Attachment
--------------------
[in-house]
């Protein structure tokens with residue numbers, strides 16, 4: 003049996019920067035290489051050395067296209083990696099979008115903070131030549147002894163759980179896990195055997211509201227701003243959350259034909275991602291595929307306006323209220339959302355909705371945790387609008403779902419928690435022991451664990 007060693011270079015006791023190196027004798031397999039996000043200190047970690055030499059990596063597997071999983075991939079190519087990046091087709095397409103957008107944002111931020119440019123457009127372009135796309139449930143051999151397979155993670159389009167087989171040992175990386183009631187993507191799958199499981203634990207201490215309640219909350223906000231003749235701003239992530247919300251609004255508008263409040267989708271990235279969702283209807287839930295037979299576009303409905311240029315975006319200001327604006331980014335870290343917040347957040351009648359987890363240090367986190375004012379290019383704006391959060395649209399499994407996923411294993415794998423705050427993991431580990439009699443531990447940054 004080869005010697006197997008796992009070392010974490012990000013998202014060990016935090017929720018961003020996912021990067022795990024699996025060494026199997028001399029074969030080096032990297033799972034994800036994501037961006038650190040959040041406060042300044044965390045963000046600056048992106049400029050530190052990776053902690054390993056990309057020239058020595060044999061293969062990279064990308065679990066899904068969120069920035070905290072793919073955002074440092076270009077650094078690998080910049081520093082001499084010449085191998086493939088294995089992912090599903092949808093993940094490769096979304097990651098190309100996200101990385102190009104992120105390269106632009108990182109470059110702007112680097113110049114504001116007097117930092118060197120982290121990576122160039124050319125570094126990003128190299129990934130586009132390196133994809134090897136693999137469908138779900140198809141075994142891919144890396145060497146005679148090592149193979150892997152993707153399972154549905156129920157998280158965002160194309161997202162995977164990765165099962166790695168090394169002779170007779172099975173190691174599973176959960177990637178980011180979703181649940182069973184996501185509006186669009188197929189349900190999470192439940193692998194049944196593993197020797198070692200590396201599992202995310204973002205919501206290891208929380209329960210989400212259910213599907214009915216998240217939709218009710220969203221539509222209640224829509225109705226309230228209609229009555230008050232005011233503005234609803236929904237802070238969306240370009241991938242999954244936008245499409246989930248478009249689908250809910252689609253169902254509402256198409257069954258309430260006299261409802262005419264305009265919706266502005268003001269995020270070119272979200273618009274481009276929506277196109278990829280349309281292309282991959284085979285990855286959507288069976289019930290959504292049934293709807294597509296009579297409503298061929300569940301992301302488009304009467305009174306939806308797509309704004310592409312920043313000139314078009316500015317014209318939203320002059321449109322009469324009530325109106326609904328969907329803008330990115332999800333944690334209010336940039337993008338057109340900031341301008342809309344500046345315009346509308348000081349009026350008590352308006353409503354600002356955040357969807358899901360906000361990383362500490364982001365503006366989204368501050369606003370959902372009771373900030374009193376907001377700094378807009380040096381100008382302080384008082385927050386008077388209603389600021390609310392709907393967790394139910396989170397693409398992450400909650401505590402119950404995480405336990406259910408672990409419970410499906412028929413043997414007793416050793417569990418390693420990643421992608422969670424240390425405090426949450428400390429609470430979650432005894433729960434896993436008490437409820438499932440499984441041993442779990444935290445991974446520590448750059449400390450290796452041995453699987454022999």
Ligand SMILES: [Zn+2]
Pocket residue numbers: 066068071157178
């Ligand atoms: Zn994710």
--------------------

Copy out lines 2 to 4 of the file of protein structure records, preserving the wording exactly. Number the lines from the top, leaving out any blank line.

């Protein structure tokens with residue numbers, strides 16, 4: 003049996019920067035290489051050395067296209083990696099979008115903070131030549147002894163759980179896990195055997211509201227701003243959350259034909275991602291595929307306006323209220339959302355909705371945790387609008403779902419928690435022991451664990 007060693011270079015006791023190196027004798031397999039996000043200190047970690055030499059990596063597997071999983075991939079190519087990046091087709095397409103957008107944002111931020119440019123457009127372009135796309139449930143051999151397979155993670159389009167087989171040992175990386183009631187993507191799958199499981203634990207201490215309640219909350223906000231003749235701003239992530247919300251609004255508008263409040267989708271990235279969702283209807287839930295037979299576009303409905311240029315975006319200001327604006331980014335870290343917040347957040351009648359987890363240090367986190375004012379290019383704006391959060395649209399499994407996923411294993415794998423705050427993991431580990439009699443531990447940054 004080869005010697006197997008796992009070392010974490012990000013998202014060990016935090017929720018961003020996912021990067022795990024699996025060494026199997028001399029074969030080096032990297033799972034994800036994501037961006038650190040959040041406060042300044044965390045963000046600056048992106049400029050530190052990776053902690054390993056990309057020239058020595060044999061293969062990279064990308065679990066899904068969120069920035070905290072793919073955002074440092076270009077650094078690998080910049081520093082001499084010449085191998086493939088294995089992912090599903092949808093993940094490769096979304097990651098190309100996200101990385102190009104992120105390269106632009108990182109470059110702007112680097113110049114504001116007097117930092118060197120982290121990576122160039124050319125570094126990003128190299129990934130586009132390196133994809134090897136693999137469908138779900140198809141075994142891919144890396145060497146005679148090592149193979150892997152993707153399972154549905156129920157998280158965002160194309161997202162995977164990765165099962166790695168090394169002779170007779172099975173190691174599973176959960177990637178980011180979703181649940182069973184996501185509006186669009188197929189349900190999470192439940193692998194049944196593993197020797198070692200590396201599992202995310204973002205919501206290891208929380209329960210989400212259910213599907214009915216998240217939709218009710220969203221539509222209640224829509225109705226309230228209609229009555230008050232005011233503005234609803236929904237802070238969306240370009241991938242999954244936008245499409246989930248478009249689908250809910252689609253169902254509402256198409257069954258309430260006299261409802262005419264305009265919706266502005268003001269995020270070119272979200273618009274481009276929506277196109278990829280349309281292309282991959284085979285990855286959507288069976289019930290959504292049934293709807294597509296009579297409503298061929300569940301992301302488009304009467305009174306939806308797509309704004310592409312920043313000139314078009316500015317014209318939203320002059321449109322009469324009530325109106326609904328969907329803008330990115332999800333944690334209010336940039337993008338057109340900031341301008342809309344500046345315009346509308348000081349009026350008590352308006353409503354600002356955040357969807358899901360906000361990383362500490364982001365503006366989204368501050369606003370959902372009771373900030374009193376907001377700094378807009380040096381100008382302080384008082385927050386008077388209603389600021390609310392709907393967790394139910396989170397693409398992450400909650401505590402119950404995480405336990406259910408672990409419970410499906412028929413043997414007793416050793417569990418390693420990643421992608422969670424240390425405090426949450428400390429609470430979650432005894433729960434896993436008490437409820438499932440499984441041993442779990444935290445991974446520590448750059449400390450290796452041995453699987454022999």
Ligand SMILES: [Zn+2]
Pocket residue numbers: 066068071157178